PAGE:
All that is known so far about the truck driver is that the driver is 33 years old and drives for Pennsylvania-based Snavely’s Mill Inc. While investigators are not releasing the truck driver’s name at this time, they say the driver sustained non-life-threatening injuries and was taken to an area hospital and later released.

Tragically killed in the crash included one Linden police officer, as well as, a civilian passenger in the car. Two police officers, including the driver of the Honda, were critically injured in the wreck.

Some social media commenters have been inexplicably quick to blame the truck driver, who happened to be going the right direction on the expressway. One comment (now deleted) said the driver should go to jail once released from the hospital. WHAT?

I want to believe one commenter on a news story didn’t read the whole article before posting a comment, alleging the truck driver was to blame for the crash. The comment read, “Why the heck would there be an article about the truck driver? These brave heroic selfless officers, though no fault of their own, are in the hospital. That should be the focal point.”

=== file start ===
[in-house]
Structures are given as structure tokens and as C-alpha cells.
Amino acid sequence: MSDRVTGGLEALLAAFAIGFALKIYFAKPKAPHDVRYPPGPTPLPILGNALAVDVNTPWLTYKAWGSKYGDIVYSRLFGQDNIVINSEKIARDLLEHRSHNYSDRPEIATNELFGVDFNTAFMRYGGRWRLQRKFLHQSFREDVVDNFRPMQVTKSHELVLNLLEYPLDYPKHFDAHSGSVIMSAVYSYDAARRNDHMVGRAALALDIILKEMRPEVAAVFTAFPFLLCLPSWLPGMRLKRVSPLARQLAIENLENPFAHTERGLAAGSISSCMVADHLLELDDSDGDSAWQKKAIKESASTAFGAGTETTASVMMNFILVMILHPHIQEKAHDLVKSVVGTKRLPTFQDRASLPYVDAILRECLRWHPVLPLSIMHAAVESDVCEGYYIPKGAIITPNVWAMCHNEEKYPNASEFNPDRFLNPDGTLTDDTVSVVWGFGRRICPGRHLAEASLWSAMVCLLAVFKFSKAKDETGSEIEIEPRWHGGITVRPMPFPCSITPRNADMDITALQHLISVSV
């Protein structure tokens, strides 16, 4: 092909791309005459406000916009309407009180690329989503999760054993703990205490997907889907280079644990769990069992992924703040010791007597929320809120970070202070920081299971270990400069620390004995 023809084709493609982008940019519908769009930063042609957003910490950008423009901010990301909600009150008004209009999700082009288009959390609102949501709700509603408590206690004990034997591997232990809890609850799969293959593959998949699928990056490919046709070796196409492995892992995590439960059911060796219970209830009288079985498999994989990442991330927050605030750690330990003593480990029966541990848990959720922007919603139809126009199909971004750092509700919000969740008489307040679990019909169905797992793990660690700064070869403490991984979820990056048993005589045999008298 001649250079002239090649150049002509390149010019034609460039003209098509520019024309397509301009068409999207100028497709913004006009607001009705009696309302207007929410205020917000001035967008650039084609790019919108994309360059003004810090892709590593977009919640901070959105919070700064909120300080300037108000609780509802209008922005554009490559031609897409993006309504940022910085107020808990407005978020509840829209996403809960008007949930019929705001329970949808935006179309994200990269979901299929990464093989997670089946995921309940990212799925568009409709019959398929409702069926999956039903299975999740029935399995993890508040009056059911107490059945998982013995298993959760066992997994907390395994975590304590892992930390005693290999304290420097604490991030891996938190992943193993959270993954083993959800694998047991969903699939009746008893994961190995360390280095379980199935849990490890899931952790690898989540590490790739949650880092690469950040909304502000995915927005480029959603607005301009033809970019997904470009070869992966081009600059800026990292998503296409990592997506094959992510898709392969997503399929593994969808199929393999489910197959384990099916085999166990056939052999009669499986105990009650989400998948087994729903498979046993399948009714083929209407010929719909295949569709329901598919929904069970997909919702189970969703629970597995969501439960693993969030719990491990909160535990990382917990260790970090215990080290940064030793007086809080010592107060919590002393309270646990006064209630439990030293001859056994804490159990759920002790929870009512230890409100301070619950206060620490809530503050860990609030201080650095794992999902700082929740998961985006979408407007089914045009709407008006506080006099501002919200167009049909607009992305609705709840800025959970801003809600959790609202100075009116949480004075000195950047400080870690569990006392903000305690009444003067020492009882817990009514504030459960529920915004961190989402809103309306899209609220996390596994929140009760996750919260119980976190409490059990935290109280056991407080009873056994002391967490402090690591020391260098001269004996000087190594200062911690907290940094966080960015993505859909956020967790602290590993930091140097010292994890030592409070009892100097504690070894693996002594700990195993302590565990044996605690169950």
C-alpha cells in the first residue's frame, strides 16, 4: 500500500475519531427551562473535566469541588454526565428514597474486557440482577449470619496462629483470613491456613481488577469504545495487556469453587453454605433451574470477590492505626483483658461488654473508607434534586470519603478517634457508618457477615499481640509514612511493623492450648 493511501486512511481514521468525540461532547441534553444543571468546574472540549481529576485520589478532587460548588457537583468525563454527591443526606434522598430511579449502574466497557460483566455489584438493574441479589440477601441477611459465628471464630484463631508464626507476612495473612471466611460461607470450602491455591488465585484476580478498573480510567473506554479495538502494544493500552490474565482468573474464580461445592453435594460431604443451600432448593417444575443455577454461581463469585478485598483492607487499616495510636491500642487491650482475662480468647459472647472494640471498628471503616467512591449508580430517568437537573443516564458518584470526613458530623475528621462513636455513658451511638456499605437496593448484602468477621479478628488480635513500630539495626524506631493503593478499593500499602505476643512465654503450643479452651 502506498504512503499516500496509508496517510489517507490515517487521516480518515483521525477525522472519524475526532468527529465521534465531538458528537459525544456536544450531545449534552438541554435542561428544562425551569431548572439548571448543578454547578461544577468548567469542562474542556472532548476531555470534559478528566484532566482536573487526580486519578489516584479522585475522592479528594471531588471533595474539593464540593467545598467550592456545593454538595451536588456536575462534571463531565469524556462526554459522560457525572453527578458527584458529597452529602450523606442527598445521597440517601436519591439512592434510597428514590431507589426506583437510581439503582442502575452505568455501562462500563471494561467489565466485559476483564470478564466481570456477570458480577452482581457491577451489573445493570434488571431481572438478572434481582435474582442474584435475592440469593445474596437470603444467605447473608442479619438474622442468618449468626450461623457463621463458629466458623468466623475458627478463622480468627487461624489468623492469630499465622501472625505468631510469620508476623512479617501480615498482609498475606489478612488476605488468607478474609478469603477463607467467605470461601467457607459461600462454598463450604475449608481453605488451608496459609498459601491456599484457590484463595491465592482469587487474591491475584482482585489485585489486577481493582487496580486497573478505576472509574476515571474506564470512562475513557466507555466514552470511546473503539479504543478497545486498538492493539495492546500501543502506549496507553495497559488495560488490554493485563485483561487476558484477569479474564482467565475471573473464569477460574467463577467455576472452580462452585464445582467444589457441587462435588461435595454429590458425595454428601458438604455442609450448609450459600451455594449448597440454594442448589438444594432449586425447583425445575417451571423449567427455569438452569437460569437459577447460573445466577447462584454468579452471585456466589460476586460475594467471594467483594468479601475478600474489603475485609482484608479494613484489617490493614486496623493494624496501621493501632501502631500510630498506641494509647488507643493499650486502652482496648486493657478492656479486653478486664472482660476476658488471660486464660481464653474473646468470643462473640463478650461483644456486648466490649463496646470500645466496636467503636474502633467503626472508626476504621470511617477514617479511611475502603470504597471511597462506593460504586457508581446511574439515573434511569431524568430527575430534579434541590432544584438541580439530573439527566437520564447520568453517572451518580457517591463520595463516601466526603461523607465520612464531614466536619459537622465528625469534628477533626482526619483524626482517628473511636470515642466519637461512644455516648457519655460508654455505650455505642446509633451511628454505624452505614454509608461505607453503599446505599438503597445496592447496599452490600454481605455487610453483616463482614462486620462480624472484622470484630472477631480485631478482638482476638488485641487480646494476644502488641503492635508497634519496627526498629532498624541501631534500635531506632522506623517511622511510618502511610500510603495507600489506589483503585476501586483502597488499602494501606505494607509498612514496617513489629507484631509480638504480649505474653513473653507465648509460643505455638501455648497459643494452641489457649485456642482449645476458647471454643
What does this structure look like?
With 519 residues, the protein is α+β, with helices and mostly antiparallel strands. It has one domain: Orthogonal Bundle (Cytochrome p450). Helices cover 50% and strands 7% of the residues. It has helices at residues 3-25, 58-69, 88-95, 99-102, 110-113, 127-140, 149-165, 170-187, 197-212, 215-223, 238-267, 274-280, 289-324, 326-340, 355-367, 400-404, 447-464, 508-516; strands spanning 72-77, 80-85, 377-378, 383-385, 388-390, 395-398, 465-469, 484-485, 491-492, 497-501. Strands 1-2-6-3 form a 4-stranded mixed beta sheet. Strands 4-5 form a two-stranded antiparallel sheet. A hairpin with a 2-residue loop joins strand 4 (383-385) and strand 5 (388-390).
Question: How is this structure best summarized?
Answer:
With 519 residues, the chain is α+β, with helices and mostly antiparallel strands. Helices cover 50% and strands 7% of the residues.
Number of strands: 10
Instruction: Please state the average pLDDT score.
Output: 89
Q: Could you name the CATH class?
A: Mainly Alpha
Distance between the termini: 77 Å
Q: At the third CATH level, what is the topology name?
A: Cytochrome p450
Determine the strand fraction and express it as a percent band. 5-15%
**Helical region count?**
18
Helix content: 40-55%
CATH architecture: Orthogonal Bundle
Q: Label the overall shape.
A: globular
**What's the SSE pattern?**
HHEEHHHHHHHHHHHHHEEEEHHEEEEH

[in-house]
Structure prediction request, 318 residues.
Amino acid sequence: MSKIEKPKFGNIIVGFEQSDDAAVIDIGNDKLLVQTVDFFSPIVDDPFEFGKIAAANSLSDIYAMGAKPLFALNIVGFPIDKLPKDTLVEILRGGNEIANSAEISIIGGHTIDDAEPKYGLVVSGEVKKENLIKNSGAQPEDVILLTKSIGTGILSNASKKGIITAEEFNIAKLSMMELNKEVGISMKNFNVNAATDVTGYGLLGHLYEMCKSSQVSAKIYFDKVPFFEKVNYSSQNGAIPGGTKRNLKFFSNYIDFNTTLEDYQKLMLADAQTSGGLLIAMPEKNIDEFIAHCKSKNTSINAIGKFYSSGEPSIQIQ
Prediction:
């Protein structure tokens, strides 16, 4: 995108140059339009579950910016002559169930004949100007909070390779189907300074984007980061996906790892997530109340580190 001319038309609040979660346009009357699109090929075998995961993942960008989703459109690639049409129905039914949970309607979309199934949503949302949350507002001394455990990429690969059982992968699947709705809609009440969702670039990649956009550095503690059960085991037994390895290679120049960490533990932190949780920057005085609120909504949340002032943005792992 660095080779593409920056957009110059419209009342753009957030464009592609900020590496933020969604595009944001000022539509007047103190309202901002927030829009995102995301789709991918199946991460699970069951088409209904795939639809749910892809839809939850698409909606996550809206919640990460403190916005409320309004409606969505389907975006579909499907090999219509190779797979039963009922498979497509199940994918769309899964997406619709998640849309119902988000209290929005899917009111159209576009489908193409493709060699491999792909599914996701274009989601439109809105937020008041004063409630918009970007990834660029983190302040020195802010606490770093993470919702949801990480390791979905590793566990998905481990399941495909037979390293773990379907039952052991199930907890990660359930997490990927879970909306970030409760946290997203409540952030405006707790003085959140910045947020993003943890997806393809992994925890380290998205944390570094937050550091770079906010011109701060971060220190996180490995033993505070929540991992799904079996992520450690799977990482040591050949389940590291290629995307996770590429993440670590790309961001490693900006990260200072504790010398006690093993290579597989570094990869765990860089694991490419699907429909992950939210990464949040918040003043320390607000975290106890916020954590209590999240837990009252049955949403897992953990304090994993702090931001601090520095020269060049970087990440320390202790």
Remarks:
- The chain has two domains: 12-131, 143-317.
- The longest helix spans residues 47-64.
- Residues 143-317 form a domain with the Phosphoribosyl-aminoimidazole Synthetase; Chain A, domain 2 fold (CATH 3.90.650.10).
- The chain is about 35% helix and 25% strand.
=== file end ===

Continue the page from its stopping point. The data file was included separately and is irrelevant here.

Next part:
Several hours prior to the crash, Abad had posted a photo on his Instagram page of three shot glasses filled with “Jack Daniels Fire on the house.” While blood samples from the off-duty police officer have been sent to the lab, his blood alcohol results are not back.

Another commenter on a news story about the fatal crash made reference to the fact that the guys in the Honda Civic are lucky that they “hit a large truck that could withstand a hit and the driver of the truck driver wasn’t injured or killed.”